The times for these three are included in the execution time of the program.
Optimization is therefore always a trade-off.
The interpreter is usually a large program, commonly far far larger than the target program. For example, python is 4.1MB which is a lot to load to execute a hello world program! Node is much larger.

None of that applies to a compiled program.
The compiler can spend as long as it wants optimizing the code, and importantly, the optimizer has access to the entire source file allowing global optimizations that interpreters don't usually do. It may for example prove that a certain piece of code is never executed and remove it.

jahboater
Posts: 4674
Joined: Wed Feb 04, 2015 6:38 pm

Re: I dont get it... Why is everyone from science schools so obsessed with Perl and Python when we got C?

Sun Jul 14, 2019 8:08 am

Michiel O. wrote:
Sun Jul 14, 2019 8:00 am
I did the same, in Python3, using /usr/share/dict/words (2.5M file, 1 second runtime):
That's really elegant! It showcases the expressiveness of Python well.

That would take a good bit of hand coding in C and would not be so clean.

In your example, where did "hops" and "aep" come from?

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Michiel O.
Posts: 178
Joined: Mon Dec 12, 2016 12:06 pm

Re: I dont get it... Why is everyone from science schools so obsessed with Perl and Python when we got C?

Sun Jul 14, 2019 8:26 am

jahboater wrote:
Sun Jul 14, 2019 8:08 am
where did "hops" and "aep" come from?
When you sort the letters in 'shop' and 'posh', you arrive at 'hops'. That is used as the key. Analogous, 'aep' are the letters in 'ape', sorted alfabetically.
"You can't actually make computers run faster, you can only make them do less." - RiderOfGiraffes

jalih
Posts: 77
Joined: Mon Apr 15, 2019 3:54 pm

Re: I dont get it... Why is everyone from science schools so obsessed with Perl and Python when we got C?

Sun Jul 14, 2019 8:42 am

Michiel O. wrote:
Sun Jul 14, 2019 8:00 am
I did the same, in Python3, using /usr/share/dict/words (2.5M file, 1 second runtime):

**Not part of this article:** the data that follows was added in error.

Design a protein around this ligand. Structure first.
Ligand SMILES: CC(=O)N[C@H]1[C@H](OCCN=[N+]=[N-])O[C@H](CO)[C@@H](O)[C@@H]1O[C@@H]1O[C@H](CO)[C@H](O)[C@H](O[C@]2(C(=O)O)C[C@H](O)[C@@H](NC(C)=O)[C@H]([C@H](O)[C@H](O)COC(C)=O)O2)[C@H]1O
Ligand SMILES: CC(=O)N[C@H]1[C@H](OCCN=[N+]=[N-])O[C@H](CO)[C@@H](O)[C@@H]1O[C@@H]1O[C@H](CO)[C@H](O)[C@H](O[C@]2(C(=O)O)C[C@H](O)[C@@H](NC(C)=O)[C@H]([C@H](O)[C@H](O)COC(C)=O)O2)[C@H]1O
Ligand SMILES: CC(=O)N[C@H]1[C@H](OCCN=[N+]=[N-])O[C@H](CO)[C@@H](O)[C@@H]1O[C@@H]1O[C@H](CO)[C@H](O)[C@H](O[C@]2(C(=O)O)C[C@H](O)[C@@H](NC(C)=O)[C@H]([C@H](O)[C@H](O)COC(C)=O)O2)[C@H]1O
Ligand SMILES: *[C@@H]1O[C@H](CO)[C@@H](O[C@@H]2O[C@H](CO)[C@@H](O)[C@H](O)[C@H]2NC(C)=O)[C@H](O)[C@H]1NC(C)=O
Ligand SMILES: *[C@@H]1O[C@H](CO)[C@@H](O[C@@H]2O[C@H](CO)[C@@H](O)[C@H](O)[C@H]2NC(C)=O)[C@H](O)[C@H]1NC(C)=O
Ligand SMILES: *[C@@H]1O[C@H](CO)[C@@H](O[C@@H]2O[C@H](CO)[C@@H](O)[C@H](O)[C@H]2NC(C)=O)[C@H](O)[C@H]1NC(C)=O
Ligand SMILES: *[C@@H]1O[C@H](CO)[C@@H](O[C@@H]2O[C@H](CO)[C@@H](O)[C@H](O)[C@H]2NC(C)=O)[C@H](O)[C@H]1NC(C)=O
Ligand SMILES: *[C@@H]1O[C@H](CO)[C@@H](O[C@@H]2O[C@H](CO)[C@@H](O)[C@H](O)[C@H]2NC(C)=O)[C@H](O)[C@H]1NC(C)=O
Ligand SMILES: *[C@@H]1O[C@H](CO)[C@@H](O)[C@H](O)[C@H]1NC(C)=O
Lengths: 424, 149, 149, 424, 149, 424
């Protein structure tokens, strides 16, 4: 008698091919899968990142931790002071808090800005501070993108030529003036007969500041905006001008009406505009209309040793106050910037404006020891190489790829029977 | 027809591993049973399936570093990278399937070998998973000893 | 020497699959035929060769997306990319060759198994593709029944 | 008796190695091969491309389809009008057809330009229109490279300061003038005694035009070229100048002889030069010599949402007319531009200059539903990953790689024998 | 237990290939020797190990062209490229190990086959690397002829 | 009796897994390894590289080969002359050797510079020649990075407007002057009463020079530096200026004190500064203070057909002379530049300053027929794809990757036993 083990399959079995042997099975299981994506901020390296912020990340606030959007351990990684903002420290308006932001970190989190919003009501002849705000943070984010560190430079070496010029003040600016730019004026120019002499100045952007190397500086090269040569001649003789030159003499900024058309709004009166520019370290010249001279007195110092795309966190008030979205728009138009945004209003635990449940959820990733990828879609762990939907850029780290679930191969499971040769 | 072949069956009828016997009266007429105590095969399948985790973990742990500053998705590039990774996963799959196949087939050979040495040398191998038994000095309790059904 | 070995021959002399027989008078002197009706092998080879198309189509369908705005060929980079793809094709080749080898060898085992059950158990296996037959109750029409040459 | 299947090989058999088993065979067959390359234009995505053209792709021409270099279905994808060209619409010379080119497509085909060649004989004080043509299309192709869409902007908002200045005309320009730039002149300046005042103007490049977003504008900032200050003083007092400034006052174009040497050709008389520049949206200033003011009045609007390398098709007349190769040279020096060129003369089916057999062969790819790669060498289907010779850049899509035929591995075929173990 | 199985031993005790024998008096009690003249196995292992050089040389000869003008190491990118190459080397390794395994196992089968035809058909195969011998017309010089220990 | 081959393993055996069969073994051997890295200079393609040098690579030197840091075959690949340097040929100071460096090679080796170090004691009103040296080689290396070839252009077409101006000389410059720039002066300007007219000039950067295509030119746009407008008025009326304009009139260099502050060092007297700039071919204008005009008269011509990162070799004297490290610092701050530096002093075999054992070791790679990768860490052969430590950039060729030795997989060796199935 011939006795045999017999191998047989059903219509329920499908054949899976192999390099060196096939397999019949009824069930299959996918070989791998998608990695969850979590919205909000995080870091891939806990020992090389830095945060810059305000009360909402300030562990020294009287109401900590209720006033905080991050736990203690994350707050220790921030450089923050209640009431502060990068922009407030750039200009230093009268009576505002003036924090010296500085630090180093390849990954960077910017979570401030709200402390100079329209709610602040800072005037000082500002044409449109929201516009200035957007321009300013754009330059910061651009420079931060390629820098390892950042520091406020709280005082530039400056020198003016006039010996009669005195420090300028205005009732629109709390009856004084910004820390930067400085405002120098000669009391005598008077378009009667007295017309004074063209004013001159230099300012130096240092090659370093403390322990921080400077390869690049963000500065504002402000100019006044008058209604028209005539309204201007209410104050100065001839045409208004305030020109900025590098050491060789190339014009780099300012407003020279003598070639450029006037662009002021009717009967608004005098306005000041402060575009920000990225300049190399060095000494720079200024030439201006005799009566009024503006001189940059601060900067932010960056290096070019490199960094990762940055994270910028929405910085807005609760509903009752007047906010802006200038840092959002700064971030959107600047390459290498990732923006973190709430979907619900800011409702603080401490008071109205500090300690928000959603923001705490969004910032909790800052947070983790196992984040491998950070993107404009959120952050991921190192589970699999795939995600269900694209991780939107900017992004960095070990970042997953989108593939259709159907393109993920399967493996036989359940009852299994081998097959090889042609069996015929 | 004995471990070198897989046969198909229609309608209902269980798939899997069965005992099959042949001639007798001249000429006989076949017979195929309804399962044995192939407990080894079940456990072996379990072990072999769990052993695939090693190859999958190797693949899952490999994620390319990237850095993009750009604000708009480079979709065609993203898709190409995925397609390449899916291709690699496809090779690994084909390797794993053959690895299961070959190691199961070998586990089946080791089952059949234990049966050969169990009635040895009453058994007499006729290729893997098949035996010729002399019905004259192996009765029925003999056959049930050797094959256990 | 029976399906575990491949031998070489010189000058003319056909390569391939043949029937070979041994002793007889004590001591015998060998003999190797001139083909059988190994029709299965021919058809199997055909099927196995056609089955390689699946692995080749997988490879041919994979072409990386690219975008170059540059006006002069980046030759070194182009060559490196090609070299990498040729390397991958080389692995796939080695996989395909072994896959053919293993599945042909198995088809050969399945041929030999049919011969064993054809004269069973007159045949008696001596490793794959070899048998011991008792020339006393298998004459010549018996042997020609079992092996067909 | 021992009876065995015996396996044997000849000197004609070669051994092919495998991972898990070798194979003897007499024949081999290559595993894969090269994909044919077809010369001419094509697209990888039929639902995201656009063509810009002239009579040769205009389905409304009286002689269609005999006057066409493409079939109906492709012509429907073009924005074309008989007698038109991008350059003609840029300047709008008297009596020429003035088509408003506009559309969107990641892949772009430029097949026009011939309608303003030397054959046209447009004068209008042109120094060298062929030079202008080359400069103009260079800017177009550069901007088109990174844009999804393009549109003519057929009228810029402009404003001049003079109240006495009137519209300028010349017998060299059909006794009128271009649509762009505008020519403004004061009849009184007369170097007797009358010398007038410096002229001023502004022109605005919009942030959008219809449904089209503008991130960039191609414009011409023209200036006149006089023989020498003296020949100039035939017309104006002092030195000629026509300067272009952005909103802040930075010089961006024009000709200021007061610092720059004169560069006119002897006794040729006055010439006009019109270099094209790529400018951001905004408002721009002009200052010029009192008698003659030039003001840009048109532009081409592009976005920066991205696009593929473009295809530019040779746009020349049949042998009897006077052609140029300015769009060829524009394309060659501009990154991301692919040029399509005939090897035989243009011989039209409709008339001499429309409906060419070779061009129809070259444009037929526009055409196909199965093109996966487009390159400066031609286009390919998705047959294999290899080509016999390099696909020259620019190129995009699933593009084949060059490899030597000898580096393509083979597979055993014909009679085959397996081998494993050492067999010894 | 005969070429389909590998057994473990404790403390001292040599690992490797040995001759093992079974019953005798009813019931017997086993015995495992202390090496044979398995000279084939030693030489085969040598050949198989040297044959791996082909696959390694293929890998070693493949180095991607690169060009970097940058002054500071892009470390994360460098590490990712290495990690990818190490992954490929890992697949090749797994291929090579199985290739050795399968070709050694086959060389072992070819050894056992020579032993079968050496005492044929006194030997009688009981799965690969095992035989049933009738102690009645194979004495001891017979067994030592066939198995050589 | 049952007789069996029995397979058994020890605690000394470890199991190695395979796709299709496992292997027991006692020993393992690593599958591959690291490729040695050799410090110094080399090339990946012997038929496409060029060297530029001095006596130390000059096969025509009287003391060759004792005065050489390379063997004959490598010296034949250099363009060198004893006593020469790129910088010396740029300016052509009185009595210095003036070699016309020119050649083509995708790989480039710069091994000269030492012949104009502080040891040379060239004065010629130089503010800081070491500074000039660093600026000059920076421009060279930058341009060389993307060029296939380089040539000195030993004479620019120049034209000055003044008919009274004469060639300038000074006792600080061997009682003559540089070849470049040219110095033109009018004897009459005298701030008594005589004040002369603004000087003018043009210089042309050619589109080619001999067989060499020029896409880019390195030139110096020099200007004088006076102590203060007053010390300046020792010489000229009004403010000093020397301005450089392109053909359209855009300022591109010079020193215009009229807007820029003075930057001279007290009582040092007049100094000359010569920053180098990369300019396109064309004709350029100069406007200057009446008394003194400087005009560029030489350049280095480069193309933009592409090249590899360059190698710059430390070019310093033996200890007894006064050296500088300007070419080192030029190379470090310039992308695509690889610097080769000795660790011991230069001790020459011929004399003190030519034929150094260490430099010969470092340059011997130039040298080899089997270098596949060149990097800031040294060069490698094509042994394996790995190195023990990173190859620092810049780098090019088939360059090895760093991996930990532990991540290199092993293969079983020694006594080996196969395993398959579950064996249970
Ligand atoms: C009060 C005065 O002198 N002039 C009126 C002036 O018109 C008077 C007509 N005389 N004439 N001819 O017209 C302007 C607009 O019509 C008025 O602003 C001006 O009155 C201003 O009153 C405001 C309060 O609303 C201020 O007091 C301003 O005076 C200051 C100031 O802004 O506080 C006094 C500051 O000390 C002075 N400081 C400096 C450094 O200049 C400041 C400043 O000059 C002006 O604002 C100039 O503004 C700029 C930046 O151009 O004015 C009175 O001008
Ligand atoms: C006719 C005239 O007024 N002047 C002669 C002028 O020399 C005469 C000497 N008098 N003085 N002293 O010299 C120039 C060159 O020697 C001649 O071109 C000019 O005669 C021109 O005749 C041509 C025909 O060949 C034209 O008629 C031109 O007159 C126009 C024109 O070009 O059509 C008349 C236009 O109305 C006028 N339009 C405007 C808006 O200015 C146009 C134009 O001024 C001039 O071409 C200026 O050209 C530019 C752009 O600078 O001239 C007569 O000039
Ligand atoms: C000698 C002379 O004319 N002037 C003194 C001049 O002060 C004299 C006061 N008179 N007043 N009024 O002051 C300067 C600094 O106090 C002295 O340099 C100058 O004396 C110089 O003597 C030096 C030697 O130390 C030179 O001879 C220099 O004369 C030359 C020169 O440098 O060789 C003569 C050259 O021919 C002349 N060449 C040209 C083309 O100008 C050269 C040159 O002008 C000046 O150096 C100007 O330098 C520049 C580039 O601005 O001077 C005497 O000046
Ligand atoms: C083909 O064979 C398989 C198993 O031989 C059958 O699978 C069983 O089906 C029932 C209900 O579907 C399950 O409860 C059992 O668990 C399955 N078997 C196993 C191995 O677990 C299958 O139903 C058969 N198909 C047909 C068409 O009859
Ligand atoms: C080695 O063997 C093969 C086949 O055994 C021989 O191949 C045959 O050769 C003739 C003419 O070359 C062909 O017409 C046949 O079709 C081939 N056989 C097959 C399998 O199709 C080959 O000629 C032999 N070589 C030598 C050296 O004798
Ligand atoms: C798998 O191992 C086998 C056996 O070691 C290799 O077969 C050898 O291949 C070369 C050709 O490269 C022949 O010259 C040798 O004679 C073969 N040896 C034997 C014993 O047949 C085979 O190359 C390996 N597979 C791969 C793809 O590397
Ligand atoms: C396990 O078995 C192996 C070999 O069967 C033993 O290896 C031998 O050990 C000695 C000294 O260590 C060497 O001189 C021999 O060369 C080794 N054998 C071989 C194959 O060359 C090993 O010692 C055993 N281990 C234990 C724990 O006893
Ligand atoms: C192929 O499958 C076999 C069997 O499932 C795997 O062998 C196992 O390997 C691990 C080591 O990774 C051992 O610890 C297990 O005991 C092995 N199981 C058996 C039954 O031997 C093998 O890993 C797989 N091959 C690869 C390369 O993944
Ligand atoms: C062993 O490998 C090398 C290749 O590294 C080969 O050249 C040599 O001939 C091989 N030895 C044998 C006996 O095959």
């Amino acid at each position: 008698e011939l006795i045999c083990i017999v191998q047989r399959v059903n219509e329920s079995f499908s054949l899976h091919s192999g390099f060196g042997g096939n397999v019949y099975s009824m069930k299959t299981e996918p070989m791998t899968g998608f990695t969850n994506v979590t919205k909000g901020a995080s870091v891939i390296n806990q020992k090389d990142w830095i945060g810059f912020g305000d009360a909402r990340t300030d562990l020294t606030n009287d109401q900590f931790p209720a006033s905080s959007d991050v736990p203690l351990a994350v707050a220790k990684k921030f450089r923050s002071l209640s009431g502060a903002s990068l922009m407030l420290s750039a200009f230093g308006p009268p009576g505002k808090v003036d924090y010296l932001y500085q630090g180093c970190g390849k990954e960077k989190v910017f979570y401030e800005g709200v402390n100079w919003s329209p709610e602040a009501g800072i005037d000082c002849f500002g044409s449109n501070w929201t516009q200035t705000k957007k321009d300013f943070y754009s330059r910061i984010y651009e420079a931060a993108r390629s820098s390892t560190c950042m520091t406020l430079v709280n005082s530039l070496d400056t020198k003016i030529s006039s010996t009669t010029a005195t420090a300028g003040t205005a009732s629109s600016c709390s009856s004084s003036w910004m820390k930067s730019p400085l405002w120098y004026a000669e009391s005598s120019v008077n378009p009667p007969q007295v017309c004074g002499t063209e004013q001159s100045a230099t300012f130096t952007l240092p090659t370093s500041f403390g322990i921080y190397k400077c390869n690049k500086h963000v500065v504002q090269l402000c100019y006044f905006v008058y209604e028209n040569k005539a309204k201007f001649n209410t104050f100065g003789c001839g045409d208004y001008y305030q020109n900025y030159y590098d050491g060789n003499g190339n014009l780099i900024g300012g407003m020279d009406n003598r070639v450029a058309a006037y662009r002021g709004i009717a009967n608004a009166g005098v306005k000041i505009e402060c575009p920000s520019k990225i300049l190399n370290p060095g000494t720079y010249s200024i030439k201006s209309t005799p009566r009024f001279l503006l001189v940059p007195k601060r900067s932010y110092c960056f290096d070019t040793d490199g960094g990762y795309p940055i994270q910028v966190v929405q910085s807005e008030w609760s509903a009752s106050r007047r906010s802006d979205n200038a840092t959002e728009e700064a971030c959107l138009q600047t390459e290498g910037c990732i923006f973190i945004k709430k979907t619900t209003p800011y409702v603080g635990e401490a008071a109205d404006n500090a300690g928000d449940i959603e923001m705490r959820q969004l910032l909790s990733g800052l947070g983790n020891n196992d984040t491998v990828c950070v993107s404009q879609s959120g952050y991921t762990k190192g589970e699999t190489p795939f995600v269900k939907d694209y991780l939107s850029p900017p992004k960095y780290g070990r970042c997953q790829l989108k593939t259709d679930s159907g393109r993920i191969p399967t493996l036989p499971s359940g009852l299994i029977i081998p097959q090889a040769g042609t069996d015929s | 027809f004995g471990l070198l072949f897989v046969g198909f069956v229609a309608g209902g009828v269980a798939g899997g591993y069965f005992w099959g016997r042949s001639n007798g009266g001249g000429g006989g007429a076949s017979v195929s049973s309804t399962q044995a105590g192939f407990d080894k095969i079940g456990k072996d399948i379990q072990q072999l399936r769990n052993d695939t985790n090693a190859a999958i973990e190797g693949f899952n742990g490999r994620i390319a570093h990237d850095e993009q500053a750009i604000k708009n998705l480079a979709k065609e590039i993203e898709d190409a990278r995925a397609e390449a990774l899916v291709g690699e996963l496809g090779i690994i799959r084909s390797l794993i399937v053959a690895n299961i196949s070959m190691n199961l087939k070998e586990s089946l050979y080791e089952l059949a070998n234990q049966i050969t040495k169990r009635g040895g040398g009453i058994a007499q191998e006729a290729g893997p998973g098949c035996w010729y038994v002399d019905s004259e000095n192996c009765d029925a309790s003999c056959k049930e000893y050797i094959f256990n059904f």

We used the same method but you don't seem to sort results alphabetically by using first word of the anagrams. Or did I miss it? It was one requirement of the original challenge and adds quite a lot more code for my 8th version.

User avatar
Michiel O.
Posts: 178
Joined: Mon Dec 12, 2016 12:06 pm

Re: I dont get it... Why is everyone from science schools so obsessed with Perl and Python when we got C?

Sun Jul 14, 2019 8:51 am

jahboater wrote:
Michiel O. wrote: How would you define an interpreted language vs. a compiled language?
Any language that executes a source file and requires a separate program to run it?
I was thinking along the same lines, and we have to be more precise with our definitions. "Executing a source file" implies some sort of conversion from source code to executable code: compilation.

In many modern languages, that 'executable code' takes the form of bytecode (a reduced forth-like set of instructions that work on a stack machine) and this bytecode is executed in a virtual machine. Java, for example, compiles down to bytecode (in a '.class' file), an intermediate representation of the program which is also machine independent. The Java bytecode gets processed by the Java Virtual Machine (JVM) instead of the CPU. You could see the JVM as the 'separate program' you mention above. Usually, the JVM is invoked with the java command and the Java compiler with javac.

Python works similar. When you type 'python myprogram.py', Python first checks if there is a myprogram.pyc ('*.pyc' files contain the compiled code), if not, it compiles the source code to bytecode. The bytecode is then executed/interpreted by the Python Virtual Machine (PVM). Both the compiler and VM are part of the Python executable.